Effects of attention and perceptual uncertainty on cerebellar activity during visual motion perception

Baumann, Oliver and Mattingley, Jason B. (2013) Effects of attention and perceptual uncertainty on cerebellar activity during visual motion perception. The Cerebellum, 13 1: 46-54. doi:10.1007/s12311-013-0519-2

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Author Baumann, Oliver
Mattingley, Jason B.
Title Effects of attention and perceptual uncertainty on cerebellar activity during visual motion perception
Journal name The Cerebellum   Check publisher's open access policy
ISSN 1473-4222
1473-4230
Publication date 2013-08-28
Year available 2013
Sub-type Article (original research)
DOI 10.1007/s12311-013-0519-2
Open Access Status File (Author Post-print)
Volume 13
Issue 1
Start page 46
End page 54
Total pages 9
Place of publication New York, NY, United States
Publisher Springer New York
Collection year 2014
Language eng
Formatted abstract
Recent clinical and neuroimaging studies have revealed that the human cerebellum plays a role in visual motion perception, but the nature of its contribution to this function is not understood. Some reports suggest that the cerebellum might facilitate motion perception by aiding attentive tracking of visual objects. Others have identified a particular role for the cerebellum in discriminating motion signals in perceptually uncertain conditions. Here, we used functional magnetic resonance imaging to determine the degree to which cerebellar involvement in visual motion perception can be explained by a role in sustained attentive tracking of moving stimuli in contrast to a role in visual motion discrimination. While holding the visual displays constant, we manipulated attention by having participants attend covertly to a field of random-dot motion or a colored spot at fixation. Perceptual uncertainty was manipulated by varying the percentage of signal dots contained within the random-dot arrays. We found that attention to motion under high perceptual uncertainty was associated with strong activity in left cerebellar lobules VI and VII. By contrast, attending to motion under low perceptual uncertainty did not cause differential activation in the cerebellum. We found no evidence to support the suggestion that the cerebellum is involved in simple attentive tracking of salient moving objects. Instead, our results indicate that specific subregions of the cerebellum are involved in facilitating the detection and discrimination of task-relevant moving objects under conditions of high perceptual uncertainty. We conclude that the cerebellum aids motion perception under conditions of high perceptual demand.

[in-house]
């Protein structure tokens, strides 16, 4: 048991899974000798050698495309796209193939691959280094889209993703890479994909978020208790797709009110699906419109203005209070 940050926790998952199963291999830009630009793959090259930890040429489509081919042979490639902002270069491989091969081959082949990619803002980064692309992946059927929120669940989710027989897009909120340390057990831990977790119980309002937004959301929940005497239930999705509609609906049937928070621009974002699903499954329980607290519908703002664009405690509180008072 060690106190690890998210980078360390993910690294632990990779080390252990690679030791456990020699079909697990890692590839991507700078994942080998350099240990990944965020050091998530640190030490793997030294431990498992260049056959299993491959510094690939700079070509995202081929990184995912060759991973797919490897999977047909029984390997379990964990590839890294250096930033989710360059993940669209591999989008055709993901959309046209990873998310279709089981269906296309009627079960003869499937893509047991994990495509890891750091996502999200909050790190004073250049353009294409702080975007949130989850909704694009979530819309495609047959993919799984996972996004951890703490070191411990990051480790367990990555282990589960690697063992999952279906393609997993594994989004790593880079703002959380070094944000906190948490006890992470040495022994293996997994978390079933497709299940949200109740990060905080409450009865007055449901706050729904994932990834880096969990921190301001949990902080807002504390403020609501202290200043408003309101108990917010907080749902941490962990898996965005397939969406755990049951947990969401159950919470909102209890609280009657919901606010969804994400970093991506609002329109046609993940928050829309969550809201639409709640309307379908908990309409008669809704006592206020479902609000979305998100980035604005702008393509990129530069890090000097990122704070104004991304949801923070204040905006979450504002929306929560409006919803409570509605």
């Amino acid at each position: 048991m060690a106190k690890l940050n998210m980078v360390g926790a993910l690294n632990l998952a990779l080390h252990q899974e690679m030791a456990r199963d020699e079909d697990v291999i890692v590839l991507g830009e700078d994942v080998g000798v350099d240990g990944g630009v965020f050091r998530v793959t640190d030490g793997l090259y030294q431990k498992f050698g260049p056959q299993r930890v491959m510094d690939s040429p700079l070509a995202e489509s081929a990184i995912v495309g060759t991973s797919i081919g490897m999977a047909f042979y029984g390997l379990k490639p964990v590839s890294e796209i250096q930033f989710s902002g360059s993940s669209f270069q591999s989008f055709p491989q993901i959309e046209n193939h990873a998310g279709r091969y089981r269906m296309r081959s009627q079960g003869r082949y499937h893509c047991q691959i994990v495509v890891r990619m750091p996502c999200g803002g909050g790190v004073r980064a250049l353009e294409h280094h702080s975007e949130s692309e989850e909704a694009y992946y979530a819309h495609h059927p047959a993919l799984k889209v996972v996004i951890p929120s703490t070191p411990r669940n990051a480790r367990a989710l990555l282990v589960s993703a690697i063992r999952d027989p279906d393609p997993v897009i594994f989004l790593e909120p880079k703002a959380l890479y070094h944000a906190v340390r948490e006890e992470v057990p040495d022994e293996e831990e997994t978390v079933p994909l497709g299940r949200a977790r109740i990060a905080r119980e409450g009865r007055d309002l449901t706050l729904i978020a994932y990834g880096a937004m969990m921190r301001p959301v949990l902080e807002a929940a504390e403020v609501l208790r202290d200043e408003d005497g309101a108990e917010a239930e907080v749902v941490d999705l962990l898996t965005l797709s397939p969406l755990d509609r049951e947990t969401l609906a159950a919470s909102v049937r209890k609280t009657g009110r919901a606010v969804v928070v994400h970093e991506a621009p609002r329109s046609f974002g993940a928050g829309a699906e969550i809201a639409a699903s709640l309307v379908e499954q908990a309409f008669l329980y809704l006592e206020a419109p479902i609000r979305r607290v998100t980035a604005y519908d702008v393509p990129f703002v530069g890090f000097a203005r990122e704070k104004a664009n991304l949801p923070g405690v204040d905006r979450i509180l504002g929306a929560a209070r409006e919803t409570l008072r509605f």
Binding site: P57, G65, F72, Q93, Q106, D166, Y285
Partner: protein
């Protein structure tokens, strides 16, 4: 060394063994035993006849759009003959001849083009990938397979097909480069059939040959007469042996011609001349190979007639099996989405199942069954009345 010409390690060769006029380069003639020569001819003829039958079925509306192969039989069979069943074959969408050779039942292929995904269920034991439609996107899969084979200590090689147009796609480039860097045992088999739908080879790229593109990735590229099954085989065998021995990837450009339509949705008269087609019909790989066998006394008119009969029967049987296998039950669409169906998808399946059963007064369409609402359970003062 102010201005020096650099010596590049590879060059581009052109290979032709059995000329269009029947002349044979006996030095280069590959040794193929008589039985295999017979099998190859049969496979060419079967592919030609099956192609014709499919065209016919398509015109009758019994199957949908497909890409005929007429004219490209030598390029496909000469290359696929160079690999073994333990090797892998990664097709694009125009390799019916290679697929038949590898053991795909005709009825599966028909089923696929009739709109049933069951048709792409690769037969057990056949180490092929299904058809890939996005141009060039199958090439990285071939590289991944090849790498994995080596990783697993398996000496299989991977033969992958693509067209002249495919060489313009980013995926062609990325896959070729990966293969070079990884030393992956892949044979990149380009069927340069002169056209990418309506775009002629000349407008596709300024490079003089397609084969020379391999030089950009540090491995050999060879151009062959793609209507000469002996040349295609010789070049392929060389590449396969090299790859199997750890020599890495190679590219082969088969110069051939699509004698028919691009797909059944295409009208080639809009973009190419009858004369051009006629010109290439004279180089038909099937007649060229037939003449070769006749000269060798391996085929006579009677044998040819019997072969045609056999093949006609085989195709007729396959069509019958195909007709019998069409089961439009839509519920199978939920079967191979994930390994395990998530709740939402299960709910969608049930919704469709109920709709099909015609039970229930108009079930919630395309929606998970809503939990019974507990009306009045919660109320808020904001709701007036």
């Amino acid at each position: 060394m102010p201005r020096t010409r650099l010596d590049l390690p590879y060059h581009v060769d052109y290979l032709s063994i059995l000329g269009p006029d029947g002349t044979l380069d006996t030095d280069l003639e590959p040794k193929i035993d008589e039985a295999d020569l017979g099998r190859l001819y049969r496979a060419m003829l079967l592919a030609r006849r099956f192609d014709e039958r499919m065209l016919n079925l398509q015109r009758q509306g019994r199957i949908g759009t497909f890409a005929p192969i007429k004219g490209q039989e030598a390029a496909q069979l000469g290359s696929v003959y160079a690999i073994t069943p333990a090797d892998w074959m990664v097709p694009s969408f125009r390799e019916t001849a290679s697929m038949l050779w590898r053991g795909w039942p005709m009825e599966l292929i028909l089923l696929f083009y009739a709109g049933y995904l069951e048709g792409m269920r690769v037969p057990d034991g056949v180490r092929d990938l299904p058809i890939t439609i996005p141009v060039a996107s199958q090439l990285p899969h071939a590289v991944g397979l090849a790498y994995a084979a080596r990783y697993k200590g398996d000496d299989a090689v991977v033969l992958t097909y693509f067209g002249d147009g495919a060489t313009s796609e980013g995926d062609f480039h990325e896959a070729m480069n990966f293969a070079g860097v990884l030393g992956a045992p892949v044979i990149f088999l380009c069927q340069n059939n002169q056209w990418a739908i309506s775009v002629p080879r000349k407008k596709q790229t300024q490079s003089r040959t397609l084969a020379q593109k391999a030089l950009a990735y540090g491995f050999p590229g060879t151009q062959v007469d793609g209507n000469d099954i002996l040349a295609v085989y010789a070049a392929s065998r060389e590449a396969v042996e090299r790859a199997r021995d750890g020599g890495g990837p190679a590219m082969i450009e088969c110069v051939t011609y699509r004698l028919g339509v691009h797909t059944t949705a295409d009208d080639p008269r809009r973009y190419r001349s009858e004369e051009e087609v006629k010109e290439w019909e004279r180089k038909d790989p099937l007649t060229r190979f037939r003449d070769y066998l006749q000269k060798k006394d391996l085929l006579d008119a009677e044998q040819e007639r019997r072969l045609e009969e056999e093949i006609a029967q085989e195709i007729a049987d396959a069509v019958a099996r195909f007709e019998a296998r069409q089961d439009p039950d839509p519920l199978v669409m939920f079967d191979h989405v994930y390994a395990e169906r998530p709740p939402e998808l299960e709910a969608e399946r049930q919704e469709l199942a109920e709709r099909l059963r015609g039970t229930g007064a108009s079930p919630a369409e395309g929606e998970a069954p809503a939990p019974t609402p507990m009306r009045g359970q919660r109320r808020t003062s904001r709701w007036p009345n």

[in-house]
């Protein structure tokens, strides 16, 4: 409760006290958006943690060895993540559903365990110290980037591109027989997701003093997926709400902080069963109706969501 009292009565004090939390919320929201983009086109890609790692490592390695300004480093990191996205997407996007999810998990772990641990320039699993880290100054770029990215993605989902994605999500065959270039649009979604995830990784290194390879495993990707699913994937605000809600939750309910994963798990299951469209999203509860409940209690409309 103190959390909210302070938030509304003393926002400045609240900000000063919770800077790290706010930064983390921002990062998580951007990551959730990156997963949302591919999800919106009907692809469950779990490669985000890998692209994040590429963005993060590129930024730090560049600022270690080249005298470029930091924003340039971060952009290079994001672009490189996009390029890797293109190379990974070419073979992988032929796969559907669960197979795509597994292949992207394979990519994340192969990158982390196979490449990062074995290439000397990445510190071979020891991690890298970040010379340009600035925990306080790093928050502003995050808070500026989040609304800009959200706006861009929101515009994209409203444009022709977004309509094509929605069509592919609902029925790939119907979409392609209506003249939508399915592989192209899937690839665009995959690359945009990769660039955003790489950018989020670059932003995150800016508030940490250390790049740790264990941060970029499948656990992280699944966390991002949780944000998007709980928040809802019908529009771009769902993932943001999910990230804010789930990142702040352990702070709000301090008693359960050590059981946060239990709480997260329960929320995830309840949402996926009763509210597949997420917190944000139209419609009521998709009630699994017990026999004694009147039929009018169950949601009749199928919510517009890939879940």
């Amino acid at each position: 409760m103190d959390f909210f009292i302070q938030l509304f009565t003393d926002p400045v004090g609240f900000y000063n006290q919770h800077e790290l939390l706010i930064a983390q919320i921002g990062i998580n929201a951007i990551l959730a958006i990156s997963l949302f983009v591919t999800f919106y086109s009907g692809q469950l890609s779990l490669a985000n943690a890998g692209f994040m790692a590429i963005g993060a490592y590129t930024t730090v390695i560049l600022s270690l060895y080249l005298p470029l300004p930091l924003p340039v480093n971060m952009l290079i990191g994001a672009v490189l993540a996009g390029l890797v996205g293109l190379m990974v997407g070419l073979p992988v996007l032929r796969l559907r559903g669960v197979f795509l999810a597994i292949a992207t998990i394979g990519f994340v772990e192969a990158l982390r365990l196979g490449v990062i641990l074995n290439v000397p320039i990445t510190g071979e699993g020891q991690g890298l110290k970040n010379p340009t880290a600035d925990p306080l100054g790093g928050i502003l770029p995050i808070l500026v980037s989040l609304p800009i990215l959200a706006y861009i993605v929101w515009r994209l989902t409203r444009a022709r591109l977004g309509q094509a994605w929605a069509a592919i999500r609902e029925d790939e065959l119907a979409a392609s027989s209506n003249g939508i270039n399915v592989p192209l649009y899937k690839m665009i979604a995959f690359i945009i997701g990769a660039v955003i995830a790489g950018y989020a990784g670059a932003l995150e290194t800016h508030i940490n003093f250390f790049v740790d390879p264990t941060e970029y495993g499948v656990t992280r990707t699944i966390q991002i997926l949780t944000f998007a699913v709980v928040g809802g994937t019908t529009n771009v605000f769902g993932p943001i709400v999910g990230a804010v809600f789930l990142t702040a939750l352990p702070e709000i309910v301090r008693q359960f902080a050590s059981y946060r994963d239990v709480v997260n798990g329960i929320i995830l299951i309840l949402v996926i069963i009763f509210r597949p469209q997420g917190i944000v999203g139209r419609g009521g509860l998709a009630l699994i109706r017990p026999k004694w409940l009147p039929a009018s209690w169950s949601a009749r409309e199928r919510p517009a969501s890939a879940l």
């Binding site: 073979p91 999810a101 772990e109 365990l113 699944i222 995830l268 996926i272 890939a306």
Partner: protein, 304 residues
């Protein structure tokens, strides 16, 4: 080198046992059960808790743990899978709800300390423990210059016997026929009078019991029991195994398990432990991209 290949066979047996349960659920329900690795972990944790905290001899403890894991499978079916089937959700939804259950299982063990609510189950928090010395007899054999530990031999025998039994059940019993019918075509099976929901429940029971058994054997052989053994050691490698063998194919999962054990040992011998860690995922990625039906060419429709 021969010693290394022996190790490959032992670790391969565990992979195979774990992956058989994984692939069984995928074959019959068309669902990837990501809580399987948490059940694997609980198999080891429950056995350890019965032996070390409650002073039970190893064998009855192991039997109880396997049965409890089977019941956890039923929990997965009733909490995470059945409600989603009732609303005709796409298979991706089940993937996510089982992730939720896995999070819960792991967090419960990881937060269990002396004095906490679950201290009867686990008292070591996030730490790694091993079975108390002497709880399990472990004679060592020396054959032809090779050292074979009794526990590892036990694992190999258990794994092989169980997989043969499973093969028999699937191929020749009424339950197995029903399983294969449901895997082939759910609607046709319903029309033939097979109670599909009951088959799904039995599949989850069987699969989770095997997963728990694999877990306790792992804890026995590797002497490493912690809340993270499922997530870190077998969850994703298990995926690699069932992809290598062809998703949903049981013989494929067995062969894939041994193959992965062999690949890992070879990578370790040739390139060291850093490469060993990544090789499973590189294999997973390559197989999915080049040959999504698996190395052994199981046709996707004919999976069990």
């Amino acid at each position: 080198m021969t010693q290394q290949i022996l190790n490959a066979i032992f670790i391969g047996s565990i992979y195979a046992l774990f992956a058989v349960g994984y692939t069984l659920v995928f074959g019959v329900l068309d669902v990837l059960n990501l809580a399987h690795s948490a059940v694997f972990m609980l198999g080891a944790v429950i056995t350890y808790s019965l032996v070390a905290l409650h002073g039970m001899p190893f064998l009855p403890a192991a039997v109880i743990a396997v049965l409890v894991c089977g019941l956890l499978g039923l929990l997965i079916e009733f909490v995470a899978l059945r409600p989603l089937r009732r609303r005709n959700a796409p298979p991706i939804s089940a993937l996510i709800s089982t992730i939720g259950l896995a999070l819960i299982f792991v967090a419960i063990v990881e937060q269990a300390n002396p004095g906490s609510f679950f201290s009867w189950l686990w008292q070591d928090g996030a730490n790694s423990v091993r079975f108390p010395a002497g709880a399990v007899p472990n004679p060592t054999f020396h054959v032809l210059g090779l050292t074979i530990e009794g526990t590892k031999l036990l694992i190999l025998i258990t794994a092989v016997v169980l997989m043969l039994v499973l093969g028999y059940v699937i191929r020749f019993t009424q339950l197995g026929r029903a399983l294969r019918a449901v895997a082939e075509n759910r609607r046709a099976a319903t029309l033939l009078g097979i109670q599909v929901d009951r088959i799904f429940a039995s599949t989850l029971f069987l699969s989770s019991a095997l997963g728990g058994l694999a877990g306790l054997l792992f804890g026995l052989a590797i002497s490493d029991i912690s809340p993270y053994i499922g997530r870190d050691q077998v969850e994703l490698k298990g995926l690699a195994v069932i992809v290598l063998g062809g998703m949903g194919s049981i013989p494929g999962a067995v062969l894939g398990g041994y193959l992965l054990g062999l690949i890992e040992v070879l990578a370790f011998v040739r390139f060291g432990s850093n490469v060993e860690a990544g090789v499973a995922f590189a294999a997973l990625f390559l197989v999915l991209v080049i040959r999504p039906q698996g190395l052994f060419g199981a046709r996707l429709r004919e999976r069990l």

Q-Index Code C1
Q-Index Status Confirmed Code
Institutional Status UQ
Additional Notes Published online: 28 August 2013

Document type: Journal Article
Sub-type: Article (original research)
Collections: Queensland Brain Institute Publications
Official 2014 Collection
 
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Citation counts: TR Web of Science Citation Count  Cited 2 times in Thomson Reuters Web of Science Article | Citations
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Created: Wed, 02 Oct 2013, 09:49:04 EST by Debra McMurtrie on behalf of Queensland Brain Institute